College Choice: Look at the fit, not the school. Choosing a top-ranked and highly selective college or university will not guarantee that there will be a good fit between your teen and the school. There is little evidence that attendance at one of the "best" colleges confers significant advantages. Obviously an appropriate school will provide programs in fields your kid is interested in, but beyond this consideration the most important one is his comfort level at the school, and this will depend in large measure on his temperament, personality, and preferences. Geographic location, climate, size of the campus, student diversity, extracurricular activities, and nature of the community are all important.
Gathering Information: Get specific information from its source.
While it is possible to make general statements about college admission, many aspects of colleges' policies and procedures vary wildly. After you have decided which colleges are of interest, gather information from each of them. They will differ in their rate of acceptance, both for freshman and transfer admission. Schools may or may not require SAT or ACT scores (some schools require test scores for freshman but not transfer applicants). Some colleges will expect a specified set of courses to be part of an applicant's preparation; others are flexible to one degree or another. There are different policies regarding the acceptance of AP and CLEP exam scores. These are only some of the policies and procedures that vary. College admission officials will almost always be helpful in discussing any aspect of their procedures or your kid's situation. Beware of statements from secondary sources, especially when they're prefaced with something like, "I've heard that..."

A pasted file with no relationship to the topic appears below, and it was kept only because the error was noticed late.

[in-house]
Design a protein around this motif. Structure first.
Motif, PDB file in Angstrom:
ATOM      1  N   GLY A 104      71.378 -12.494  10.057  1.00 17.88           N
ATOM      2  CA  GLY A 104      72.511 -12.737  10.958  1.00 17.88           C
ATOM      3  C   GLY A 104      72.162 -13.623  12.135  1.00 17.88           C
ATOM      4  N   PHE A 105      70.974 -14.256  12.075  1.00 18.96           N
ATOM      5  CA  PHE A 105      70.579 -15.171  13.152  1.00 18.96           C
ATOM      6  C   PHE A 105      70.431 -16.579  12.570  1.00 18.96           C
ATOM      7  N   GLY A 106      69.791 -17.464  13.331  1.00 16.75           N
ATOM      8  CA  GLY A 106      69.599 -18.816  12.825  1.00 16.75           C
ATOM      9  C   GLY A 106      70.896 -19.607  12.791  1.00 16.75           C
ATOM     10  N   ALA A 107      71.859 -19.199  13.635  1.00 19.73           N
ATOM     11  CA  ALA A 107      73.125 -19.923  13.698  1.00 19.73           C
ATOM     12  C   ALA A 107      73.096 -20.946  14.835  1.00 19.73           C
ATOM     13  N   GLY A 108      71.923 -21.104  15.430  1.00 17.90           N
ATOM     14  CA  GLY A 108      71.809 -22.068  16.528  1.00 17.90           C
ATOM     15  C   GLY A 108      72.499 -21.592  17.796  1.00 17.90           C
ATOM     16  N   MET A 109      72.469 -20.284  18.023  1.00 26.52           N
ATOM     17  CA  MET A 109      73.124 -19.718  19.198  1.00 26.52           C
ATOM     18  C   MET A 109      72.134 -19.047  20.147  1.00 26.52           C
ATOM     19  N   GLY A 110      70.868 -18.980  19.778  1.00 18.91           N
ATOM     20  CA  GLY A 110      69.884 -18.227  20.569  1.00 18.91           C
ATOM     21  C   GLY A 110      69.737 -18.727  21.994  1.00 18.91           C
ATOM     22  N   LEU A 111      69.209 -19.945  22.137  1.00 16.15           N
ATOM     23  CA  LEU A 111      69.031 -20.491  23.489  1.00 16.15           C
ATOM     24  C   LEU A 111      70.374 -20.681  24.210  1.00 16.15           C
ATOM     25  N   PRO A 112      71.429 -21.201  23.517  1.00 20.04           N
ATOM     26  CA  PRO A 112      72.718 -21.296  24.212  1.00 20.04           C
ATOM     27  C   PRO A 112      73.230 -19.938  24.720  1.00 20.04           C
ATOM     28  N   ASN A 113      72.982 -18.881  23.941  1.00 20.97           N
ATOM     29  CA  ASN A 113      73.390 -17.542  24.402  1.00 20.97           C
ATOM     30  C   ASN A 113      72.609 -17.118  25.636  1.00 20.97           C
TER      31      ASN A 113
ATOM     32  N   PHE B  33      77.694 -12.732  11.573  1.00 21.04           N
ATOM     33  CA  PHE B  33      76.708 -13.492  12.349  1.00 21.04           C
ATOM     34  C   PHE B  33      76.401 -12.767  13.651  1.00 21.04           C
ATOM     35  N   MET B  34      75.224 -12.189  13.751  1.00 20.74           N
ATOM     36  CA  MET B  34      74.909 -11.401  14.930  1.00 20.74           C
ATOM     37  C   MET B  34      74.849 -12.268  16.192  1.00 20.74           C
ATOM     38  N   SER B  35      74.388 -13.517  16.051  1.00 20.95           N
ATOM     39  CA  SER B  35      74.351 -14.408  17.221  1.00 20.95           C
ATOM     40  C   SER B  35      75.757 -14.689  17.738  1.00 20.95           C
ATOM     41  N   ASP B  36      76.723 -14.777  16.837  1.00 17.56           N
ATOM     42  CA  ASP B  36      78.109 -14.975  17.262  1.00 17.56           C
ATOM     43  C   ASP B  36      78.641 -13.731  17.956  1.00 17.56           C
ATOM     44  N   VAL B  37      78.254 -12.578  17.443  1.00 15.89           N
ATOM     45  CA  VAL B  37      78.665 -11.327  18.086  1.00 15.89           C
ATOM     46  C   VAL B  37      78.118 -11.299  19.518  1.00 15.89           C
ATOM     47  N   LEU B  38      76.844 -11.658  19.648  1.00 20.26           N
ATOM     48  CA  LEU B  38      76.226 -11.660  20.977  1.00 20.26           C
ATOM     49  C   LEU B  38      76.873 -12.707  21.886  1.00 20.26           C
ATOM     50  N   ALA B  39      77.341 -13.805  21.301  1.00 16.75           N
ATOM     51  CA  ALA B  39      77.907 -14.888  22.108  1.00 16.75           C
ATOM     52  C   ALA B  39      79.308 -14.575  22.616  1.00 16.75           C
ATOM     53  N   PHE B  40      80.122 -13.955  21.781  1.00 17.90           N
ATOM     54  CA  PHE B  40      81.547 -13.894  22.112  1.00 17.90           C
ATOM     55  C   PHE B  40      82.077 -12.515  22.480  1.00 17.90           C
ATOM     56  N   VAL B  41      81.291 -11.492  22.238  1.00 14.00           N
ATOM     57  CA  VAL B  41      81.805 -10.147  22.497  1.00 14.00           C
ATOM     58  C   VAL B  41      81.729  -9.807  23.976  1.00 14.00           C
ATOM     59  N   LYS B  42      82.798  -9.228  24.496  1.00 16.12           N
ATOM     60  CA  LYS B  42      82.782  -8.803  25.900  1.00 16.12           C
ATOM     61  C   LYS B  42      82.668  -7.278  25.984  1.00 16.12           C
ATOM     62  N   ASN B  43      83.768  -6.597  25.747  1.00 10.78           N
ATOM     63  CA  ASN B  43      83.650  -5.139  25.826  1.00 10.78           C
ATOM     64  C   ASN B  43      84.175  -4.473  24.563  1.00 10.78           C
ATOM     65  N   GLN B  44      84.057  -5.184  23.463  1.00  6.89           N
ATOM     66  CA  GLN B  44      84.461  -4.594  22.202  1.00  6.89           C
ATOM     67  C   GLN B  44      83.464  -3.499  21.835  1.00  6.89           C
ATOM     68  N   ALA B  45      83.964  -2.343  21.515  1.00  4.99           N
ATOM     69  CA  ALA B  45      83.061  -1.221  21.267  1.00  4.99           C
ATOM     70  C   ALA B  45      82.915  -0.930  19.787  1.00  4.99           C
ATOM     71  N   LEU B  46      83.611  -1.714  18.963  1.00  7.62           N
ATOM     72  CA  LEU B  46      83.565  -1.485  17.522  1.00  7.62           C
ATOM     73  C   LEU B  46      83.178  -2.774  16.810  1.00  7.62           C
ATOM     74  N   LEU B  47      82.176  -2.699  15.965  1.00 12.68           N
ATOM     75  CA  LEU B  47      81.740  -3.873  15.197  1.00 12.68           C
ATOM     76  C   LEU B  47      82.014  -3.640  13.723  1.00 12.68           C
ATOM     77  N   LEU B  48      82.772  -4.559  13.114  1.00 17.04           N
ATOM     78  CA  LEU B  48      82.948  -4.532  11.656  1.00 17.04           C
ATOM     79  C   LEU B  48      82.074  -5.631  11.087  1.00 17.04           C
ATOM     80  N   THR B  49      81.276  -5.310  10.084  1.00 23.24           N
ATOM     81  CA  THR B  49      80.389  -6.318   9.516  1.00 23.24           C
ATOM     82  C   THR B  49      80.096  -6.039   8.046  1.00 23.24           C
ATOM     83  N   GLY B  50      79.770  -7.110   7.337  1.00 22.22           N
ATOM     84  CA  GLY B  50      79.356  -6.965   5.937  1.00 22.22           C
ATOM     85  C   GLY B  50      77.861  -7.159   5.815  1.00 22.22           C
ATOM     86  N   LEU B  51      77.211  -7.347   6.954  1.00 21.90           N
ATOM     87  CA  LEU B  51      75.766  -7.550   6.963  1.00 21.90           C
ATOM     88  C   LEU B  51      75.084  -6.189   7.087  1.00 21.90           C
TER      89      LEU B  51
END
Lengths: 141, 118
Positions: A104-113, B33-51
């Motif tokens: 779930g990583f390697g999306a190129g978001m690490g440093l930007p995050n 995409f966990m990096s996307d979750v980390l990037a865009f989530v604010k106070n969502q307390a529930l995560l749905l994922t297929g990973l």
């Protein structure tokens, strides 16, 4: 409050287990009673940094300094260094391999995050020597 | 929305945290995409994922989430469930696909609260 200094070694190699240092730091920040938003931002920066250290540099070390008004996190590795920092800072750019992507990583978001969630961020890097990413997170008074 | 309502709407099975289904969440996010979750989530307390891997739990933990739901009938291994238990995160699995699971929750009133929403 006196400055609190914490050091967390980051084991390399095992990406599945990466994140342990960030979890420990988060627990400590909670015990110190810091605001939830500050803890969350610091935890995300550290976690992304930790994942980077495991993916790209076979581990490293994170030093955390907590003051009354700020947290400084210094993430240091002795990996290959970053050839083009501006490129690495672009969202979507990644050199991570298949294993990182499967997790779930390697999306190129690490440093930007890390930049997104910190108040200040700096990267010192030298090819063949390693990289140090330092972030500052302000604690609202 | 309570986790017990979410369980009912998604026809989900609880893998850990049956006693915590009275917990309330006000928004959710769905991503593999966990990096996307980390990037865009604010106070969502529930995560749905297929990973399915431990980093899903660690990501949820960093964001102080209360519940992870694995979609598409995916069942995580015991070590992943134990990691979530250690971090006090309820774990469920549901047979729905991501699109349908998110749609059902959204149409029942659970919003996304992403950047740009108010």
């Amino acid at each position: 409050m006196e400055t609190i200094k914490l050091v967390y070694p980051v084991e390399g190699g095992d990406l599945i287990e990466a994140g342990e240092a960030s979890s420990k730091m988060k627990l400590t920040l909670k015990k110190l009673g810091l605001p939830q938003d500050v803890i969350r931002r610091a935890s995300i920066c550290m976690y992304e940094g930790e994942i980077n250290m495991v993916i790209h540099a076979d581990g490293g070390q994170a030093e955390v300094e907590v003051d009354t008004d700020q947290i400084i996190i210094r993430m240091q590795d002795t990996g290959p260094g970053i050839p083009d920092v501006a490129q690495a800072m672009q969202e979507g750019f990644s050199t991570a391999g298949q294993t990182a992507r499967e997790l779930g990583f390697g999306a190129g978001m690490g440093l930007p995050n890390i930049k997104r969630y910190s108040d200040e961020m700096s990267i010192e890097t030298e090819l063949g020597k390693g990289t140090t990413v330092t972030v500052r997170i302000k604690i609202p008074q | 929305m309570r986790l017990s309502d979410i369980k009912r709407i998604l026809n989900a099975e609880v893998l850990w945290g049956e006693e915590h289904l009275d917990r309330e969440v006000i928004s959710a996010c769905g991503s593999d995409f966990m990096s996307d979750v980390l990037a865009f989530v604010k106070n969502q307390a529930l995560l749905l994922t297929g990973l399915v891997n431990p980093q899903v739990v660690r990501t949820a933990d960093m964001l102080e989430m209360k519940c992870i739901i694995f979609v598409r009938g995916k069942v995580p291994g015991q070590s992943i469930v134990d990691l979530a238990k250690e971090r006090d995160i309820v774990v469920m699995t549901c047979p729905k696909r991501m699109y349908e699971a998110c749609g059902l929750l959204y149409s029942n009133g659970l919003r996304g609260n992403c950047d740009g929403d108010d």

Taking Charge: Believe you can do it.
You will need to confer with knowledgeable people, ask lots of questions, confirm important facts, build your knowledge over time, and change course when necessary. In moving ahead you must always do so without knowing everything. If you focus on providing caring support and a rich array of fitting opportunities for your son or daughter, everything else will fall into place.
This article is provided as a service of the Davidson Institute for Talent Development, a 501(c)3 nonprofit dedicated to supporting profoundly gifted young people 18 and under. To learn more about the Davidson Institute’s programs, please visit www.DavidsonGifted.org.
The appearance of any information in the Davidson Institute's Database does not imply an endorsement by, or any affiliation with, the Davidson Institute. All information presented is for informational purposes only and is solely the opinion of and the responsibility of the author. Although reasonable effort is made to present accurate information, the Davidson Institute makes no guarantees of any kind, including as to accuracy or completeness. Use of such information is at the sole risk of the reader.